When Maoists murdered Mukti Nath Adhikari, a respected social worker and teacher in Lamjung two years ago, the government that employed him, politicians and activists didn't speak out.
A magazine cover printed a picture of him nailed to a tree like Jesus Christ and Adhikari became an icon of the fate of teachers in Nepal's Maoist war. Intimidated, tortured and killed by the Maoists and abandoned by their employers, the government.
Adhikari's murder was also a reminder of just how brutal the Maoists had become. It is featured in Dhruba Basnet's film, Schools in the Crossfire being screened at the Kathmandu International Film Festival on Friday.
According to the human rights group INSEC, 74 teachers have been killed by the Maoists since the conflict began nearly nine years ago. Fifty-two teachers, suspected of being Maoists, have been slain by the state. But here in Dailekh, teachers still remember the fate of a decent and hard working teacher from the magazine cover two years ago and it has reminded them about just how vulnerable they are.
Like Dailekh's women who rose up against the Maoists, the district's teachers have been on a defiant strike against the Maoists for two months now. The district's 300 schools have been closed since Dasain after teachers stopped taking classes to protest the Maoist threat to make them 'whole-timers' (WTs).
Some teachers have gone underground, others have been unable to resist the pressure and agreed to become WTs, but most have abandoned their schools and fled to the district headquarters. Many schools have since been turned into barracks for the Maoists, and students have been recruited into the rebel ranks.
The walls between classrooms have been demolished, the schools have been turned into meeting and training rooms. Students have been forced to dig trenches and bunkers around the school as part of the Maoist 'tunnel war' campaign.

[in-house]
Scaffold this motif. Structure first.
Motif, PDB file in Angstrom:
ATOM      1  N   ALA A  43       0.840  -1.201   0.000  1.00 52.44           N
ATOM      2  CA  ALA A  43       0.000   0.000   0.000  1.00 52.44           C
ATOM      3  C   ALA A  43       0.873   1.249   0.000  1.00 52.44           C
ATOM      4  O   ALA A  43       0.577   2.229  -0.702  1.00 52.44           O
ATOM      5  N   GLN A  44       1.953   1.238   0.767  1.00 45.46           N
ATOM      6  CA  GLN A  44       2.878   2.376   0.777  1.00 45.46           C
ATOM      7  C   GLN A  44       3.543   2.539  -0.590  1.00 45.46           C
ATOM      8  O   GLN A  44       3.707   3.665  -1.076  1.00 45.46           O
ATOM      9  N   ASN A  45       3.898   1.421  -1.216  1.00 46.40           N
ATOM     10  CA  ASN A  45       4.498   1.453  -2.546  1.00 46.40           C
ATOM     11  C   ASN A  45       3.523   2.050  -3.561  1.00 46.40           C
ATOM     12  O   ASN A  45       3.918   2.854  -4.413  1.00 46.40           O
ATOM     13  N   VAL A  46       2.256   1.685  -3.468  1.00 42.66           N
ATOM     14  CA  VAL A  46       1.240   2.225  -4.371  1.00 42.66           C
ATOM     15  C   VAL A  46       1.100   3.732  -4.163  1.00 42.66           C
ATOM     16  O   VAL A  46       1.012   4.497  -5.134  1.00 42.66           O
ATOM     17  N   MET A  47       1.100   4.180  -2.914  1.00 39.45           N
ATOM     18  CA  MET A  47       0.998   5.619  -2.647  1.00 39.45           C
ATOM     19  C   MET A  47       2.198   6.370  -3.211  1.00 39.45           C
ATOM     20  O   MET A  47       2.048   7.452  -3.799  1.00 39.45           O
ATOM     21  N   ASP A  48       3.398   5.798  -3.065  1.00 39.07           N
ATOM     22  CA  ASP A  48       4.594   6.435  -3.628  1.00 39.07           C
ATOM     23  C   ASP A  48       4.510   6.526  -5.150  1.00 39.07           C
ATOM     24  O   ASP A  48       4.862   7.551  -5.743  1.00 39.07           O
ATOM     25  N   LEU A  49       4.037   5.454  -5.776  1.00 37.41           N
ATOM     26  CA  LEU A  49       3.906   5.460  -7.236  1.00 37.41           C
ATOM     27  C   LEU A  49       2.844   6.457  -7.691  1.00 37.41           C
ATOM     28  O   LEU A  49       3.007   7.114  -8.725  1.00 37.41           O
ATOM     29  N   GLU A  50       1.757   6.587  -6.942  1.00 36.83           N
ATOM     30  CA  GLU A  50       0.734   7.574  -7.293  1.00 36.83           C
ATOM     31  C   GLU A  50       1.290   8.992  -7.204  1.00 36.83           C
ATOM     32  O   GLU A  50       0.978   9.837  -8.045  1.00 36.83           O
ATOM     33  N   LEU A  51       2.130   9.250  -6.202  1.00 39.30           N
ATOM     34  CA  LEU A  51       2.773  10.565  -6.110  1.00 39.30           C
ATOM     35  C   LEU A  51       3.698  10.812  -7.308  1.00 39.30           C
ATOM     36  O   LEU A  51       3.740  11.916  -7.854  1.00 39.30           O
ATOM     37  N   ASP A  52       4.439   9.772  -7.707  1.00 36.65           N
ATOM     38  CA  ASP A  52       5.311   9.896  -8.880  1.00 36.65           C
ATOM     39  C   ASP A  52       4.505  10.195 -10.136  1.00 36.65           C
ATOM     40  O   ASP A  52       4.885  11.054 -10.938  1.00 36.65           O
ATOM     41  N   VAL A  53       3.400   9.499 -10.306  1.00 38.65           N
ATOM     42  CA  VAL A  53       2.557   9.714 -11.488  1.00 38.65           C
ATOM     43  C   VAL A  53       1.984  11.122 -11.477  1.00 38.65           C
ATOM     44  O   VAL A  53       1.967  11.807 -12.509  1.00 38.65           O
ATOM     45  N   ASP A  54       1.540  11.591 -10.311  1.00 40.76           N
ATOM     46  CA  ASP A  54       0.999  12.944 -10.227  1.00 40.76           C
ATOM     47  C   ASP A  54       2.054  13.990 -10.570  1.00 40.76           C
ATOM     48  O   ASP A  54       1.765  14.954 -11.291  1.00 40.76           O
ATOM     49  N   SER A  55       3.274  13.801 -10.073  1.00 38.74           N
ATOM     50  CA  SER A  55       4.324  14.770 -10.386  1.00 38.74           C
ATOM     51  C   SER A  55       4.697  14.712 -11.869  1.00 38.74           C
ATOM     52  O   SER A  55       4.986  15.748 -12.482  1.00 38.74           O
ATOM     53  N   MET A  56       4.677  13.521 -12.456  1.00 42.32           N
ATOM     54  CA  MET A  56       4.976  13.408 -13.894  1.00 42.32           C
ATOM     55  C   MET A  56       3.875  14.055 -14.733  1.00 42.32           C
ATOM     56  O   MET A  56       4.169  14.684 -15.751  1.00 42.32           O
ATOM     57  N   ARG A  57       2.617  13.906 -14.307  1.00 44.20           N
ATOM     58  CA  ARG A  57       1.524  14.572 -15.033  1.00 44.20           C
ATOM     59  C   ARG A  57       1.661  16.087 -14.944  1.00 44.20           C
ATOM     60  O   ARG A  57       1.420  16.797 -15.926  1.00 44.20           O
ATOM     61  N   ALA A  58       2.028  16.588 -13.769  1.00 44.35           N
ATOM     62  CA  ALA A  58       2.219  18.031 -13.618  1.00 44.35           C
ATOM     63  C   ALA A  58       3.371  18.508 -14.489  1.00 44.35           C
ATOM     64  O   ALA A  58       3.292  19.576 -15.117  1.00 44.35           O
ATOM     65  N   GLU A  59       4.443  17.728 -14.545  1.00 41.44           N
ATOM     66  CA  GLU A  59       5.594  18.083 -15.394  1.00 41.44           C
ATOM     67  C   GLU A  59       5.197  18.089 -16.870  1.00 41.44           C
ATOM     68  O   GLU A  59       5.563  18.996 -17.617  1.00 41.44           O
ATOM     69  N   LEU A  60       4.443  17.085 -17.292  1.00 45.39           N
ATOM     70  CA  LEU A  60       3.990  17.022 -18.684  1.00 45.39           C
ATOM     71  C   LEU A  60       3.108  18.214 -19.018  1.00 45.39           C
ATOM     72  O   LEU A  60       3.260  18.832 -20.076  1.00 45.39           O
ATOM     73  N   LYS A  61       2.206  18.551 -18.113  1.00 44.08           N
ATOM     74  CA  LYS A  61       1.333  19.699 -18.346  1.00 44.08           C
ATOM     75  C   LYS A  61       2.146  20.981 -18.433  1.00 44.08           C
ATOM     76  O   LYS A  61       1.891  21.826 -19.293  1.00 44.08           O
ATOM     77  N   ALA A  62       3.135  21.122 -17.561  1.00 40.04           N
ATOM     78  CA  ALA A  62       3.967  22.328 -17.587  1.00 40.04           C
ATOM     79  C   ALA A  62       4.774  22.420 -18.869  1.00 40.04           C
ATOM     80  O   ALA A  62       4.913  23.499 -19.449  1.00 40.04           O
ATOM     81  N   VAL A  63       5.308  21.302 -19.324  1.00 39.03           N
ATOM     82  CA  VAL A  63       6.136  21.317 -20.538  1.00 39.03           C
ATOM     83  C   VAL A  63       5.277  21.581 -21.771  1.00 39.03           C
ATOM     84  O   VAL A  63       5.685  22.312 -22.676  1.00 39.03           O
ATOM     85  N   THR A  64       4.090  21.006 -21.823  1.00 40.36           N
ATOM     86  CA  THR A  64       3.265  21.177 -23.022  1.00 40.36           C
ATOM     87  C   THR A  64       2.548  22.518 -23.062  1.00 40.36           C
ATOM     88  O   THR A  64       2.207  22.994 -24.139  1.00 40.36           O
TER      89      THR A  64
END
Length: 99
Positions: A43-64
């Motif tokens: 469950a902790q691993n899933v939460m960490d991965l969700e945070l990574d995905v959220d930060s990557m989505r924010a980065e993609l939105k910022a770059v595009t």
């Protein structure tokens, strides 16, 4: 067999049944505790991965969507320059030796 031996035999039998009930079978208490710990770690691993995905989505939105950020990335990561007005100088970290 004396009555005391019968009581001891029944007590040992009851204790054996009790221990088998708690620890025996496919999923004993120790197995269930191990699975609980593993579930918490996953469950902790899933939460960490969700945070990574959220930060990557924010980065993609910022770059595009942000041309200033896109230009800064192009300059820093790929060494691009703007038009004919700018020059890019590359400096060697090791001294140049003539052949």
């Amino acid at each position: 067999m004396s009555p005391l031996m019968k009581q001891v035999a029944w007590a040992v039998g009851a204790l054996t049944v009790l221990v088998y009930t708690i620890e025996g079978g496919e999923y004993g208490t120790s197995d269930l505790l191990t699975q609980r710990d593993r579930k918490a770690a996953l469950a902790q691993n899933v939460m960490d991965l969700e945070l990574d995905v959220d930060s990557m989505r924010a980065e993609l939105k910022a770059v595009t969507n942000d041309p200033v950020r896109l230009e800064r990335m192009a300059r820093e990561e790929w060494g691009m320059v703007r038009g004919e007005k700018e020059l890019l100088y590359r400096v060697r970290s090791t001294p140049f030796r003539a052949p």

Although Maoist intimidation is not new, the mandatory requirement to become WT has provoked the backlash from the teachers. "We are on strike against the Maoists but we are still getting our salary from the government," says Jaya Prasad Timilsina, a teacher from a secondary school in Chaumunda who has fled to the town.
"We have to take permission from them even to move to the next village. How can a teacher work?" ask Deepak Hamal of Chauratha.
Teachers have always been at the frontline of this war and nowhere more so than in Dailekh. For many years now, they have obediently paid Maoist taxes, which sometimes amounts to 10 percent of their meagre salaries. Even so, the property of some teachers have been seized and teachers with political affiliations have either been killed or hounded out of the district.
Two years ago, the Maoists abducted Chet Bahadur Thapa, a teacher of Laxmi High School in Sat Tala village and beat him up, breaking his right leg. Himalaya Jung Shah, a teacher of Jwala Higher Secondary School of Betan village and the vice president of the District Teacher's Organisation, was also beaten up and is still an invalid. Narendra Singh, a teacher of Bhairab High School in Naumule, where the women rose up against the Maoists last month, was recently ordered by local rebels to leave the village with his 70-year-old mother and family.
Krishna Bhattarai, district president of the Teacher's Union blames both the government and the Maoists. Indeed, Maoists call teachers "Green snakes in the green grass", suspect them of being informants and whenever they come to the district headquarters, the security forces suspect teachers of being Maoists and abuse them.
"Many of our members have been threatened and abducted by Maoists but the government has never tried to help," says Bhattarai, "Instead of protection all we get from the police and army is harassment."
Inspired by the women-led anti-Maoist movement in Dullu, Bhattarai says Dailekh's teachers are determined to continue their strike until the Maoists stop harassing them. The Teachers' Union had given an ultimatum of 30 November, which the Maoists ignored. Actvists Gauri Shankar Lal Das and Sushil Pyakurel of the National Human Rights Commission recently visited Dailekh to try to mediate with the Maoists but they returned empty handed.
Krishna Bahadur Bhandari, a teacher at the Tribeni Sangam School in Chupra, explains why teachers can't be WTs: "It means total surrender, they will take over our property and our students will have to join the Maoists."
Hrishikesh Niraula, Dailekh's CDO admits there isn't much the government can do but says the Maoists have no option but to allow the schools to reopen. "After all, the tax on teachers' salaries is one of their main sources of income," he says, "The teachers' strike has deprived them of an income."